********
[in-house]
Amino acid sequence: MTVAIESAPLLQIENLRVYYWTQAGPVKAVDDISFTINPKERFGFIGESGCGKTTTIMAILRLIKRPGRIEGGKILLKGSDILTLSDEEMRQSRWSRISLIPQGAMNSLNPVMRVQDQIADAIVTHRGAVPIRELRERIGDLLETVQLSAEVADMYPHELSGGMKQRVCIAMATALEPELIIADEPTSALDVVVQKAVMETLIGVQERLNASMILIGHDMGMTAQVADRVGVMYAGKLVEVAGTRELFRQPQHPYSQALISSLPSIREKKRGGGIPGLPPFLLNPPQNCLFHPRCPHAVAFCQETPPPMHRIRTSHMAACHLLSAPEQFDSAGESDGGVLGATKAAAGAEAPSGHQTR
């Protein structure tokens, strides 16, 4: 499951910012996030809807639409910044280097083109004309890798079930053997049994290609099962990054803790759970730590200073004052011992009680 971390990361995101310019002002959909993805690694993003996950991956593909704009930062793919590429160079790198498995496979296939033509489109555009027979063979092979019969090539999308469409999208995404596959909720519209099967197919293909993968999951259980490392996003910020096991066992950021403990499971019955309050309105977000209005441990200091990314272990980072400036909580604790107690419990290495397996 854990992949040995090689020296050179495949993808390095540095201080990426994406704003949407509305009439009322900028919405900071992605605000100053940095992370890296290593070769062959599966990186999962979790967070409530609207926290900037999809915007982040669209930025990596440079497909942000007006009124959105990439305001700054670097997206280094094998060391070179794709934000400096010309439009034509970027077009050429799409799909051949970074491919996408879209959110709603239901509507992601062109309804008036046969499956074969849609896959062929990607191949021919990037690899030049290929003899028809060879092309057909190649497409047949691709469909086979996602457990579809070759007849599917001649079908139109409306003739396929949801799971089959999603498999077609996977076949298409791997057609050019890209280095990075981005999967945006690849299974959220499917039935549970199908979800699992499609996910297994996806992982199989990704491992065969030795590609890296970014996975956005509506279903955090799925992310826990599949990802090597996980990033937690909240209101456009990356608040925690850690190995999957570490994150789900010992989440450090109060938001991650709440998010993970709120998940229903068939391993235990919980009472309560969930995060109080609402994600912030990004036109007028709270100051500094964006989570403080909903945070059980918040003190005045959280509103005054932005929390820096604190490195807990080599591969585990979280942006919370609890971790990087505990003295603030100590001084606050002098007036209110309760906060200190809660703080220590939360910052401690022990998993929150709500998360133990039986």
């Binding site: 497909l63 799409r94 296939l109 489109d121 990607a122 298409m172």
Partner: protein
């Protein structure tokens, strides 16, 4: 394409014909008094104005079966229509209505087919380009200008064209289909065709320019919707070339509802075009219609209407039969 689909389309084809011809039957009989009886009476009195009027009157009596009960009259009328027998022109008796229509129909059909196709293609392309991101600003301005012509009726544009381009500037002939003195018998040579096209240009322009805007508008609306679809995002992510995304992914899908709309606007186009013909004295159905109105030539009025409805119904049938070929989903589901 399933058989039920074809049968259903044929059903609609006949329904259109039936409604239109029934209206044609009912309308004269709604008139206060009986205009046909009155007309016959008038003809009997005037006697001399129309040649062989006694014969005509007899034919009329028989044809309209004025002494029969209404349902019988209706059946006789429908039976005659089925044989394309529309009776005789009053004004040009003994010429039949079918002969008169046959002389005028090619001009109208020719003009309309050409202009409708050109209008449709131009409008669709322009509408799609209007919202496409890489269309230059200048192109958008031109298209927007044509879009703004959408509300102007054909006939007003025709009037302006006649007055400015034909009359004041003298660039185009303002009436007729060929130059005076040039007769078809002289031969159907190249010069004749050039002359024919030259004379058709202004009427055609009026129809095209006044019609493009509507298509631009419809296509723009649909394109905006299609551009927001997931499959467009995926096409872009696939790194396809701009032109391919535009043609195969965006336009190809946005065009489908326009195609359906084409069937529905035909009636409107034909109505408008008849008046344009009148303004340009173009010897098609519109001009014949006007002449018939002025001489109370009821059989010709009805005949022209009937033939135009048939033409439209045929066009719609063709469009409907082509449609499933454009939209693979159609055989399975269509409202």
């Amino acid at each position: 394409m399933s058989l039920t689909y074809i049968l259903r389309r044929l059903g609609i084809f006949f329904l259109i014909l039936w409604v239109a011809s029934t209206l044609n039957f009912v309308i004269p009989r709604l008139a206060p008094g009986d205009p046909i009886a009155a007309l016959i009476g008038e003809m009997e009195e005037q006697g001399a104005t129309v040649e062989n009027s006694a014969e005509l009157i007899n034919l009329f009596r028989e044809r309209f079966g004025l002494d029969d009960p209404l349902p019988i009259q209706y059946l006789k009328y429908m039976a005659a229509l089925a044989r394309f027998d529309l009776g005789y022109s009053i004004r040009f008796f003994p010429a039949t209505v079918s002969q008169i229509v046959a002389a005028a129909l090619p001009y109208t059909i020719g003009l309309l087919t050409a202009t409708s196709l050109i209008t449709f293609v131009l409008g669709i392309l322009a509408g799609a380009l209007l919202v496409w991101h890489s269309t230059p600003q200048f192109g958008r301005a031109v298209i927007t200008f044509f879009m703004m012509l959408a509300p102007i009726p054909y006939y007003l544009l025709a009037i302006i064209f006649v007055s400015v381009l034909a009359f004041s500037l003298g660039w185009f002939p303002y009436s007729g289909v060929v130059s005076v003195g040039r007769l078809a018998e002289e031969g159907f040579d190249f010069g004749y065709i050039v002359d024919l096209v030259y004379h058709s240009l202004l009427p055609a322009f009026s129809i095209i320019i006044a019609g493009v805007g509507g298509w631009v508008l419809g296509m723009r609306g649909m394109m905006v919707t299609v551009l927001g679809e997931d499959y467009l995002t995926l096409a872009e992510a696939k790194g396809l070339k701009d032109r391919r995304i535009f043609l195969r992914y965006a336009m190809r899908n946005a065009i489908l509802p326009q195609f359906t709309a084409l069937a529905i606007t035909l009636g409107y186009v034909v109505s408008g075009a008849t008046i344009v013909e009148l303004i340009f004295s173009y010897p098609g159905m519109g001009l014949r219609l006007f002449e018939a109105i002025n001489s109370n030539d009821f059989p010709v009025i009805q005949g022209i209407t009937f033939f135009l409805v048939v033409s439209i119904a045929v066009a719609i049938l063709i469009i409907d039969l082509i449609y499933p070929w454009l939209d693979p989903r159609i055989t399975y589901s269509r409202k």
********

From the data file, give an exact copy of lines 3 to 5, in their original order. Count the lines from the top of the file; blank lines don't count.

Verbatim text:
């Protein structure tokens, strides 16, 4: 499951910012996030809807639409910044280097083109004309890798079930053997049994290609099962990054803790759970730590200073004052011992009680 971390990361995101310019002002959909993805690694993003996950991956593909704009930062793919590429160079790198498995496979296939033509489109555009027979063979092979019969090539999308469409999208995404596959909720519209099967197919293909993968999951259980490392996003910020096991066992950021403990499971019955309050309105977000209005441990200091990314272990980072400036909580604790107690419990290495397996 854990992949040995090689020296050179495949993808390095540095201080990426994406704003949407509305009439009322900028919405900071992605605000100053940095992370890296290593070769062959599966990186999962979790967070409530609207926290900037999809915007982040669209930025990596440079497909942000007006009124959105990439305001700054670097997206280094094998060391070179794709934000400096010309439009034509970027077009050429799409799909051949970074491919996408879209959110709603239901509507992601062109309804008036046969499956074969849609896959062929990607191949021919990037690899030049290929003899028809060879092309057909190649497409047949691709469909086979996602457990579809070759007849599917001649079908139109409306003739396929949801799971089959999603498999077609996977076949298409791997057609050019890209280095990075981005999967945006690849299974959220499917039935549970199908979800699992499609996910297994996806992982199989990704491992065969030795590609890296970014996975956005509506279903955090799925992310826990599949990802090597996980990033937690909240209101456009990356608040925690850690190995999957570490994150789900010992989440450090109060938001991650709440998010993970709120998940229903068939391993235990919980009472309560969930995060109080609402994600912030990004036109007028709270100051500094964006989570403080909903945070059980918040003190005045959280509103005054932005929390820096604190490195807990080599591969585990979280942006919370609890971790990087505990003295603030100590001084606050002098007036209110309760906060200190809660703080220590939360910052401690022990998993929150709500998360133990039986």
């Binding site: 497909l63 799409r94 296939l109 489109d121 990607a122 298409m172």
Partner: protein